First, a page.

The LWO has said that it has the situation under control. As of now, it has identified four large swarms of locusts in the country which are between two and three square kilometres in size. Two of these are in Madhya Pradesh, one in Rajasthan and another close to Jhansi in Uttar Pradesh. While one swarm smaller than one square kilometre in size attacked Vidarbha on Monday.
“We are closely monitoring the situation and have it well under control. We are spraying pesticides wherever they sit in order to kill them. We are killing thousands of them every day and soon we will have them completely under control,” said Gurjar.
Minimising the damage in India would also need cross border co-operation with Pakistan as locusts are not known for their appreciation of borders and locusts breeding in Pakistan can easily come to India.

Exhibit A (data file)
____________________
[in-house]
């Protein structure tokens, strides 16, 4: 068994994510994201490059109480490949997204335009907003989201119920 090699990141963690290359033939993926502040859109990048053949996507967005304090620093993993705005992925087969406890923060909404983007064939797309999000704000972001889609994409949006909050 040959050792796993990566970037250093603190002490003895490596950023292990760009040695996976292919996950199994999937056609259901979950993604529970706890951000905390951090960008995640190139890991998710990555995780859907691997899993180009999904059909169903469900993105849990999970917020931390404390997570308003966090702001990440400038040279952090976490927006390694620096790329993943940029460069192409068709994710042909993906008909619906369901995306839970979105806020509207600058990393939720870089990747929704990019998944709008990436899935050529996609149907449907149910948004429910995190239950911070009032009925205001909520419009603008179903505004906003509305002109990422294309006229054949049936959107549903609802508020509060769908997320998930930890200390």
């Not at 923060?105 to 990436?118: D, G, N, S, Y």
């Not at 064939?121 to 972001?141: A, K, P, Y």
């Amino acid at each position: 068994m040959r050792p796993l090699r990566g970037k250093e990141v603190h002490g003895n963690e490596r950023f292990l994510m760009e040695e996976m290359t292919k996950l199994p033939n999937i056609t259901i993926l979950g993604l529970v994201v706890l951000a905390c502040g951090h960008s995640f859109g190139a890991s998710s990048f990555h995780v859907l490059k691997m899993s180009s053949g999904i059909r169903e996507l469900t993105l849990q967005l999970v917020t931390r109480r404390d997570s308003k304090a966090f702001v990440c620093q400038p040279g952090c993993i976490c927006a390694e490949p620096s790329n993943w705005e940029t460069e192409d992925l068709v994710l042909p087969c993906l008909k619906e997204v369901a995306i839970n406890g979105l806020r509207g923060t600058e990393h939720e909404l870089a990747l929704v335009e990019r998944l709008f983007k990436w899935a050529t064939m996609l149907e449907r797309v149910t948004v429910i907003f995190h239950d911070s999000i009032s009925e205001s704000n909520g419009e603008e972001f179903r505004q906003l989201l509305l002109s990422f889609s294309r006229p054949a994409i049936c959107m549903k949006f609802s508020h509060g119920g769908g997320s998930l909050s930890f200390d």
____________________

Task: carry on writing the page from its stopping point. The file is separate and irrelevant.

Officials from both Indian and Pakistan hold weekly Skype meetings to take stock of the situation. Gurjar represents India in those meetings. “They [Pakistan] have told us that they are taking measures to control the locust spread though aerial sprayers. Regular details of covering the spread in the infected area are also shared from their side,” he told The Wire.
India’s response so far to the locust invasion has been restricted to spraying of pesticides through vehicle-mounted sprayers, states notifying locust invasion as “mid-season adversity” under the Pradhan Mantri Fasal Bima Yojana (PMFBY) and announcing disaster relief packages.
Experts have said that measures such as using tractors to spray malathion – a type of pesticide – are not very effective. “In remote desert areas, tractors can’t move across sand dunes or reach out to the height of certain trees, rendering the spraying ineffective. The government must use drones or aircraft carriers to spray Malathion over locusts swarms for effective results,” Anil Kumar Chhangani, head of department of environmental science at the Maharaja Ganga Singh University in Bikaner told The Wire.